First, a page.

Greg Walden to introduce bill to stop U.S. Treasury from creating trillion dollar platinum coins
More of the blind leading the blind. Either way Treasury only spends what’s authorized by Congress. And all the coin does is shift interest expense from the Treasury to the Fed. Illogic is clearly a adaptive trait for holding office. As they say in Church, it’s another mysteriously rushed contradiction wrapped in an enema… Greg [...]

More of the blind leading the blind. Either way Treasury only spends what’s authorized by Congress. And all the coin does is shift interest expense from the Treasury to the Fed.

Illogic is clearly a adaptive trait for holding office. As they say in Church, it’s another mysteriously rushed contradiction wrapped in an enema…

Greg Walden plans to introduce bill to stop U.S. Treasury from creating trillion dollar platinum coins to pay bills and expand debt

U.S. Rep. Greg Walden (R-Ore.) today announced plans to introduce a bill to stop a proposal to mint high-value platinum coins to pay the federal government’s bills.

“Some people are in denial about the need to reduce spending and balance the budget. This scheme to mint trillion dollar platinum coins is absurd and dangerous, and would be laughable if the proponents weren’t so serious about it as a solution. I’m introducing a bill to stop it in its tracks,” Rep. Walden said.

“My wife and I have owned and operated a small business since 1986. When it came time to pay the bills, we couldn’t just mint a coin to create more money out of thin air. We sat down and figured out how to balance the books. That’s what Washington needs to do as well. My bill will take the coin scheme off the table by disallowing the Treasury to mint platinum coins as a way to pay down the debt. We must reduce spending and get our fiscal house in order,” Rep. Walden said.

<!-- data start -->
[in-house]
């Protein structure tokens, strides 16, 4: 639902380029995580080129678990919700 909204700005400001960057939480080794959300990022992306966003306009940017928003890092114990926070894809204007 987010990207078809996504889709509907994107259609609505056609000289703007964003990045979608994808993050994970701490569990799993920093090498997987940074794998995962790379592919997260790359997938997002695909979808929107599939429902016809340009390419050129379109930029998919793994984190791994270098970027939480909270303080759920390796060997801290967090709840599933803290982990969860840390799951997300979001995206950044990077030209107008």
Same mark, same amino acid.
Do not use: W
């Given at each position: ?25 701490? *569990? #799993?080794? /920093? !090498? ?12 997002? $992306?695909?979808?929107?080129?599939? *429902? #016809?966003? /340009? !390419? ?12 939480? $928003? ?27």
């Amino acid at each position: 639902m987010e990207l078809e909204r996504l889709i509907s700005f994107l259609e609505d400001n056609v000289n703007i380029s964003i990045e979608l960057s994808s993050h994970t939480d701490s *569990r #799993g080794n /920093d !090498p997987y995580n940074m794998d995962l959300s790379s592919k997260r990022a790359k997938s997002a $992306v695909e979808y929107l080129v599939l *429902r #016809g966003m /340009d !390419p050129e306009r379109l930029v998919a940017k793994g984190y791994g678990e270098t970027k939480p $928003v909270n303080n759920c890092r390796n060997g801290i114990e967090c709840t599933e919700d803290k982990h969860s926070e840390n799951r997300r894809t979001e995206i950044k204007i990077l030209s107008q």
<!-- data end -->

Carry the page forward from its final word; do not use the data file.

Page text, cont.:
Within the last week, numerous media reports (example here) have suggested that the U.S. Mint could create trillion dollar platinum coins, which would then be deposited into the Federal Reserve to be used to pay the federal government’s bills or avoid hitting the debt ceiling. Rep. Jerrold Nadler, the ranking member of the Judiciary Committee’s Subcommittee on the Constitution, touted the proposal last week (story here). New York Times columnist and Princeton professor Paul Krugman suggested the idea in an article as well (click here). Other leaders in Washington, including House Minority Leader Nancy Pelosi, have urged the President to raise the debt limit unilaterally without permission from Congress.

Representative Walden, a member of the House Republican leadership, represents the Second District of Oregon, which includes 20 counties in the southern, central and eastern regions of the state.

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